“It has a subtle, mild flavor, and it has the effect of cleansing the mouth just like hot water with lemon,” he said, noting that mamaki can be steeped just a few minutes or overnight and never turns bitter or tastes overwhelming.
Taira believes her product would be well received in mainland restaurants.
“There’s a growing market for tea, and people are drinking this tea for pleasure,” she said. “Just a label of ‘Hawaii tea’ will sell in itself.”
Haleiwa is the site of another isle product sure to make the rounds at Paina on the Pier: Namihana Shochu, a Japanese spirit made with local Okinawan and Molokai sweet potatoes and rice “koji,” or culture. Ken and Yumiko Hirata, owners of the Hawaiian Shochu Co., distill 3,000 artisanal bottles twice a year using centuries-old vats to ferment koji from 200 pounds of rice along with 1,000 pounds of sweet potatoes. The fermented mixture is then distilled.
Hirata believes there is lots of room for growth in the U.S. market for shochu.
“Shochu is not well established here. Everyone knows sake,” he said. “But the Japanese actually drink more shochu than sake, and shochu is more suitable for food. Sake picks food; it must be paired with the right food to be enjoyed, but shochu is more versatile.”
Hirata said shochu is sometimes used in cooking. It’s added to shoyu pork, for instance, to add flavor and tenderize the meat.
Wong said shochu can be served both straight and as a mixed drink. One of his favorite ways is to mix shochu with hot water and mash an ume (Japanese pickled plum) in the drink.
But Wong serves Namihana Shochu just one way: on the rocks.
“Smell and taste it naturally,” he urged. “It’s pretty smooth, and it’s a local product, so you want to taste its original essence.”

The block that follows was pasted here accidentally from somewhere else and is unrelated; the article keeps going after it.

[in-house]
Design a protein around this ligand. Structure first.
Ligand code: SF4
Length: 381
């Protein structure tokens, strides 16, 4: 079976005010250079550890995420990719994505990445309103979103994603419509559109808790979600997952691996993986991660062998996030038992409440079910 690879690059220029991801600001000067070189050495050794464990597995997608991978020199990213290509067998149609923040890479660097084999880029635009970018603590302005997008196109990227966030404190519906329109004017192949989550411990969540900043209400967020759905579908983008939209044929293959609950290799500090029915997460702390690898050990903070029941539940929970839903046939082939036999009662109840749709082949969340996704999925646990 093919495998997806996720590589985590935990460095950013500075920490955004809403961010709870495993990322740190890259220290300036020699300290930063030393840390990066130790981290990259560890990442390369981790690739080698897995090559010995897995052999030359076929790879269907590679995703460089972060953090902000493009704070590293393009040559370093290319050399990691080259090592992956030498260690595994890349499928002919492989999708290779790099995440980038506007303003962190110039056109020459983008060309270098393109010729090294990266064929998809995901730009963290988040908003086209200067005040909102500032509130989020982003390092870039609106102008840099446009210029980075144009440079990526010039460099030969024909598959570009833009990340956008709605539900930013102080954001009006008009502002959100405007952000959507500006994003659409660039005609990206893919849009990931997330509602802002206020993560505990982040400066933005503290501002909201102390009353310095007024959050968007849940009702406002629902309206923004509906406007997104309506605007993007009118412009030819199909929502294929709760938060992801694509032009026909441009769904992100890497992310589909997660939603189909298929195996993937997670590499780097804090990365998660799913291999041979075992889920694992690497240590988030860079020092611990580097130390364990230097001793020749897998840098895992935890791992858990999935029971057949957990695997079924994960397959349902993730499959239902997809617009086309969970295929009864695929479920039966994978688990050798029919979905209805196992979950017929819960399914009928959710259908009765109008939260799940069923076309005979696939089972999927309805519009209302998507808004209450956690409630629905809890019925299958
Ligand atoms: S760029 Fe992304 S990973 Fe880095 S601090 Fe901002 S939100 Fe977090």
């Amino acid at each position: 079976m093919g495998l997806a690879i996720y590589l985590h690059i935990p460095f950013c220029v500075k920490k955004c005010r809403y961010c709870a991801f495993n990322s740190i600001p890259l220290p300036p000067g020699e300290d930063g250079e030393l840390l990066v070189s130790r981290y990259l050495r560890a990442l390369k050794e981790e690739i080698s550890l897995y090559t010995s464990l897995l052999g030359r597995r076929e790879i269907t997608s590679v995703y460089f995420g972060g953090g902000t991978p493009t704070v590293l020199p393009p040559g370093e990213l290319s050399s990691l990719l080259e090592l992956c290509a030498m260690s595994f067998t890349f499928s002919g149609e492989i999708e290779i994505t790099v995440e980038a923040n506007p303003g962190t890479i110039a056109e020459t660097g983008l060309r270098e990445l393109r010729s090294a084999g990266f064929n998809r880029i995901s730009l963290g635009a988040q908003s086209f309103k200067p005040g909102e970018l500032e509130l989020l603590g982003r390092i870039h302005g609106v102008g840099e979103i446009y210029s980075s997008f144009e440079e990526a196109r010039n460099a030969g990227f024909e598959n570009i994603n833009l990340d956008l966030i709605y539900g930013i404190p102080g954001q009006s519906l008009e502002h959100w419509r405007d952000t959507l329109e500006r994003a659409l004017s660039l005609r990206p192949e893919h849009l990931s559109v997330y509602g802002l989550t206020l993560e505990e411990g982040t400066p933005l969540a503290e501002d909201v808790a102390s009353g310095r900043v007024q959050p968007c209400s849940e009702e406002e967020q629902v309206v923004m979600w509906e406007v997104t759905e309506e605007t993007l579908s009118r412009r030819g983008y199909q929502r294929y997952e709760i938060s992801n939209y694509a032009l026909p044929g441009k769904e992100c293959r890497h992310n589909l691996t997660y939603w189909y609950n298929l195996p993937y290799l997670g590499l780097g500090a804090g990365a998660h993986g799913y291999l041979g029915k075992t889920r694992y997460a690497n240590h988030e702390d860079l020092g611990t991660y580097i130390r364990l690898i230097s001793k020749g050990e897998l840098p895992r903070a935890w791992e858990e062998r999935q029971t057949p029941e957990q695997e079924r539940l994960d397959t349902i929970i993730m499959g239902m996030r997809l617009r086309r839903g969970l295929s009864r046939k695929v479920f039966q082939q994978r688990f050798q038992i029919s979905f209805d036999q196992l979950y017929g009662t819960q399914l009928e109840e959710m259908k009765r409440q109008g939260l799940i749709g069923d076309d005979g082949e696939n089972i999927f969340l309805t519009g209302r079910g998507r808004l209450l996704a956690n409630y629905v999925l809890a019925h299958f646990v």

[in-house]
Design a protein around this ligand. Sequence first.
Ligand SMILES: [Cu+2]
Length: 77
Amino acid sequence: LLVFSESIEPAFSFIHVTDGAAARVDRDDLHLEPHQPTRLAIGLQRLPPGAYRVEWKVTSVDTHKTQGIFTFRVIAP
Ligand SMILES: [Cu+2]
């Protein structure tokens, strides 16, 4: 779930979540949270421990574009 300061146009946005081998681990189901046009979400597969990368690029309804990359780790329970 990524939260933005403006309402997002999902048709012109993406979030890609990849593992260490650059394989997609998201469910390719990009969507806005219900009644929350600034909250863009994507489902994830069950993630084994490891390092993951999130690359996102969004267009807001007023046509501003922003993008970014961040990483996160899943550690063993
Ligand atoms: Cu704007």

A huge fan of Paina on the Pier is New York chef Floyd Cardoz, formerly of North End Grill and soon to open his own restaurant, White Street, in the city in a few weeks.
“On my first trip in 1999, almost all of the ingredients came from the mainland,” said Cardoz, who has participated in numerous culinary events over the years.
“To see the amount of products and ingredients of such high quality is eye-opening. Hawaii has the most amazing mangoes, pineapple and chilies. The heart of palm is like nothing you can get on the mainland, and the fish is always good. There are things in Hawaii chefs from other places can only dream of getting.”
Cardoz will attend Maui’s festival event Sunday, Ka’anapali Kitchen Stadium Under a Maui Moon, where he will roast a whole goat in banana leaf.
In his own restaurants, Cardoz has sourced heart of palm and fish from Hawaii, as well as black and red Hawaiian salts.
“I like to meet the farmers,” he said. “When I hear what they go through, I can see the love and passion that goes into the products they grow — and it makes the food taste better to me.”
Chef Ming Tsai, a regular at the festival, can’t say enough about Hawaii food.
“I love Hawaii. There’s so much natural, gorgeous, tasty seafood, produce and even protein. I think Hawaii is unparalleled in what it offers.”
Tsai says local chefs cooking at Paina on the Pier even offer a lesson or two to the big-time chefs who enjoy all the prepared food.
“They keep it simple and straightforward to allow all the natural flavors to come out,” he said. “They offer a great reminder because we’re all trying to achieve that new flavor, but maybe the bottom line is to let the product sing.”
Find Wailea Agricultural Group’s heart of palm at all Whole Foods Markets statewide. Mamaki Native Hawaiian Herbal Tea is sold at Na Mea Hawai’i at Ward Warehouse, 596-8885; and Mililani Farmers Market, 8 to 11 a.m. Sundays, starting Sept. 7. For information on Namihana Shochu, visit facebook.com/hawaiianshochucompany.